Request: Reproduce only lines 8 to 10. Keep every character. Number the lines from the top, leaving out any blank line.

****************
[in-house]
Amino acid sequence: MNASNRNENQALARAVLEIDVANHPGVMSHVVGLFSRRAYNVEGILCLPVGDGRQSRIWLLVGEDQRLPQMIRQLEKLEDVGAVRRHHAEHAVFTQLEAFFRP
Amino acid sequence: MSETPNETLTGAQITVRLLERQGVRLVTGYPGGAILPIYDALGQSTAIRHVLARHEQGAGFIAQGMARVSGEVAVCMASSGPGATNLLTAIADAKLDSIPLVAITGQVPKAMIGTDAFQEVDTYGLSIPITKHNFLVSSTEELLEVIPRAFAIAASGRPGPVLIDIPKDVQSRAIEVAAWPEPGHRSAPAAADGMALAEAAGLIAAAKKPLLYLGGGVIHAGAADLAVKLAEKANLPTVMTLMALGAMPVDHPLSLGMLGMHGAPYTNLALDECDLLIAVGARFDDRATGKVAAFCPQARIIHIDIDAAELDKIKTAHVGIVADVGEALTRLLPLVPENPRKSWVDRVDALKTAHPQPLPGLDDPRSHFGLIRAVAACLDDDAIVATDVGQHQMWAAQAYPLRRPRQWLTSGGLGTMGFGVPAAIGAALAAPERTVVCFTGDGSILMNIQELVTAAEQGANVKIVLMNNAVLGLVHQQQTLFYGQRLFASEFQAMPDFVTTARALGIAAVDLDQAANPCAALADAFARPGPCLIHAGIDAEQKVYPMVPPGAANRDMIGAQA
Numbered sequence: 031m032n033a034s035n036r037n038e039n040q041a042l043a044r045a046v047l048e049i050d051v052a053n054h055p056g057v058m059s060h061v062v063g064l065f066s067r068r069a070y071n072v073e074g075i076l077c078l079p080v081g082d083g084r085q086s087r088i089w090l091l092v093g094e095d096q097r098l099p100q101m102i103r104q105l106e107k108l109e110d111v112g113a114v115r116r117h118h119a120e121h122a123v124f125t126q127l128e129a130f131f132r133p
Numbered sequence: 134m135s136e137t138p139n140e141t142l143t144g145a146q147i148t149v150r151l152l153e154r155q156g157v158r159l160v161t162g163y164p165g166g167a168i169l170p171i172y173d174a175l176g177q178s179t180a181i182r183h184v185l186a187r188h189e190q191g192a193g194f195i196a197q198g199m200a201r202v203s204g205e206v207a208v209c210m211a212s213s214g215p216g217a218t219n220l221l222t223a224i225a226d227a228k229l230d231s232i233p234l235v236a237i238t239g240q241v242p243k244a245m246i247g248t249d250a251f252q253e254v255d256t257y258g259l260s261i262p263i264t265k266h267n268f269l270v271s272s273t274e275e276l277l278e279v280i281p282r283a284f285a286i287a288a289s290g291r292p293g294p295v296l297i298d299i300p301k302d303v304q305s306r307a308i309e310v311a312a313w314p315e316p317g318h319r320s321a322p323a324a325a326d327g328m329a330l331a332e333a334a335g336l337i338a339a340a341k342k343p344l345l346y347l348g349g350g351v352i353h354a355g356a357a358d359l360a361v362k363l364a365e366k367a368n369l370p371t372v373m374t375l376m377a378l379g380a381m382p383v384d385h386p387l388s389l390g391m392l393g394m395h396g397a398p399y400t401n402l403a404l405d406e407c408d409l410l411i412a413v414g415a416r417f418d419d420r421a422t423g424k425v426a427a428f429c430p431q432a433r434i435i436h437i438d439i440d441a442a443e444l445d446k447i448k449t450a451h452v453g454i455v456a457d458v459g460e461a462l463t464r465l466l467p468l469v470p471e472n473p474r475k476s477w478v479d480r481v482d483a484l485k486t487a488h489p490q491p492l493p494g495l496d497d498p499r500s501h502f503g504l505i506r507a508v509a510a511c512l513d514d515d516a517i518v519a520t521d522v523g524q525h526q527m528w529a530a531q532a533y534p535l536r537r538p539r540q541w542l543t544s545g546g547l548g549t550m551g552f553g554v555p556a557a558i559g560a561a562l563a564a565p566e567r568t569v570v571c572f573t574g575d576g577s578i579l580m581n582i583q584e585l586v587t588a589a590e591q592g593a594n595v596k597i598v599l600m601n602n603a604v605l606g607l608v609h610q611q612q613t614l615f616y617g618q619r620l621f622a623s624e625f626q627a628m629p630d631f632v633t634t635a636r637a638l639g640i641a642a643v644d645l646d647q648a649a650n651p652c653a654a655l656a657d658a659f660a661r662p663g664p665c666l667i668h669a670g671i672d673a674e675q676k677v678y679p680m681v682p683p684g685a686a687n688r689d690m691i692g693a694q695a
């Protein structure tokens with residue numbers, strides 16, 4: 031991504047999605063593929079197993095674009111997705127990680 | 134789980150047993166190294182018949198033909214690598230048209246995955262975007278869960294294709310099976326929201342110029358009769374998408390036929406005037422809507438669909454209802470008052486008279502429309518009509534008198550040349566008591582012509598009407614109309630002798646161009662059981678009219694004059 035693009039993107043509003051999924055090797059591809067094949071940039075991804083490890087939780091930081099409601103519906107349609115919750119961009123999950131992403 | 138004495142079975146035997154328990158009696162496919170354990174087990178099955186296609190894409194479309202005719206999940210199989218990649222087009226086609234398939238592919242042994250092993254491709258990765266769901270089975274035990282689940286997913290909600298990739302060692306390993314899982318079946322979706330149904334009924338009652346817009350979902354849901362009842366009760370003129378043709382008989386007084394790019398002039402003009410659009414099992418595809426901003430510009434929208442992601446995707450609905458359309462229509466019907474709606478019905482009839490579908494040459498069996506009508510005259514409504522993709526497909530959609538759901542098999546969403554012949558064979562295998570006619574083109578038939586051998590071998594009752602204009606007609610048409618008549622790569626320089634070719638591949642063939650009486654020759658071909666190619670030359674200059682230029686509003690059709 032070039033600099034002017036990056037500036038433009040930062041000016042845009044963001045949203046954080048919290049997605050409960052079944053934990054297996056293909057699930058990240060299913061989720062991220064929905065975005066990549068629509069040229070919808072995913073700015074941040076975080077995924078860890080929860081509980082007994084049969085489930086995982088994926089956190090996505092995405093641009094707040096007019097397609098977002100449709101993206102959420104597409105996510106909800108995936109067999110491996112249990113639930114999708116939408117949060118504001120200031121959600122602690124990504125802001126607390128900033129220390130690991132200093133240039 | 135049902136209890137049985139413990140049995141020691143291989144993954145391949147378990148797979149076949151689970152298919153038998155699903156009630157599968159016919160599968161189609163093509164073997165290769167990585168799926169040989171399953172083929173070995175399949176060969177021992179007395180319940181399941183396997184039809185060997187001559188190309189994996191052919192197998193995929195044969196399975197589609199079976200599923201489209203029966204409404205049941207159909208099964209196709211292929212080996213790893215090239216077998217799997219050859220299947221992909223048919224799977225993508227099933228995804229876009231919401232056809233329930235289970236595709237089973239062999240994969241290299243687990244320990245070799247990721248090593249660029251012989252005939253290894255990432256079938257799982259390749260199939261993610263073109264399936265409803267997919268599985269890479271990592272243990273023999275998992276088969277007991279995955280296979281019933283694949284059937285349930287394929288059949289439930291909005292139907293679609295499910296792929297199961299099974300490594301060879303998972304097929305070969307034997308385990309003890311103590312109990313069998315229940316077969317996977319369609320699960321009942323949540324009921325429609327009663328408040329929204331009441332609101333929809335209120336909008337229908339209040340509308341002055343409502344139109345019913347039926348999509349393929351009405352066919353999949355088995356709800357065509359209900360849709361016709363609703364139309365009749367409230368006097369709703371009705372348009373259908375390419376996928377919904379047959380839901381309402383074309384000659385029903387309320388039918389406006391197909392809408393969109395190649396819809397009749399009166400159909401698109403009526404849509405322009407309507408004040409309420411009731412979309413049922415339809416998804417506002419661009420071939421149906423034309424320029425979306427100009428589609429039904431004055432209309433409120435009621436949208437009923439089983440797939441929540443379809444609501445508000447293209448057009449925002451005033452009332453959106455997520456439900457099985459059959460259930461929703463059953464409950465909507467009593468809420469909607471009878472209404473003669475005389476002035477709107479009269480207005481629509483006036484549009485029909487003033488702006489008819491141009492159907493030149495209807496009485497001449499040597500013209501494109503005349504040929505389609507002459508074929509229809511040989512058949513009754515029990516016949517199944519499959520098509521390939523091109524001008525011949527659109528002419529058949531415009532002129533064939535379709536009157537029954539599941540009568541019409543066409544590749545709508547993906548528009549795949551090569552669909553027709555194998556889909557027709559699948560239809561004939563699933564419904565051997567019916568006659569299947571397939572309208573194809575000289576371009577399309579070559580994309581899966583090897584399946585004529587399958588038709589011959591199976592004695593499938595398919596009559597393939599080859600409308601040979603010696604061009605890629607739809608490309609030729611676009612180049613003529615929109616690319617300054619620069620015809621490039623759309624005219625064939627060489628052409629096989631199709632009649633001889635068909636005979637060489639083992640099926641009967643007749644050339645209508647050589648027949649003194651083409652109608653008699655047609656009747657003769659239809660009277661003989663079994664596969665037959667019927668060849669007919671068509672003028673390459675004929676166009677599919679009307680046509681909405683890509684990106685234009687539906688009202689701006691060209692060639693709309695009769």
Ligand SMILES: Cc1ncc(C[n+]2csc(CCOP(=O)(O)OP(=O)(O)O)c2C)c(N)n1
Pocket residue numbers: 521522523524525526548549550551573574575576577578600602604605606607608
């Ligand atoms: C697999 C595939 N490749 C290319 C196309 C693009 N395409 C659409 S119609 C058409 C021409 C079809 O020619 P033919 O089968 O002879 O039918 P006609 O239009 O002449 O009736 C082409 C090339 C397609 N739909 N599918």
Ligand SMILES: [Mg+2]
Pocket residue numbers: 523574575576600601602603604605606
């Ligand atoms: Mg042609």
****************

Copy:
Pocket residue numbers: 521522523524525526548549550551573574575576577578600602604605606607608
């Ligand atoms: C697999 C595939 N490749 C290319 C196309 C693009 N395409 C659409 S119609 C058409 C021409 C079809 O020619 P033919 O089968 O002879 O039918 P006609 O239009 O002449 O009736 C082409 C090339 C397609 N739909 N599918």
Ligand SMILES: [Mg+2]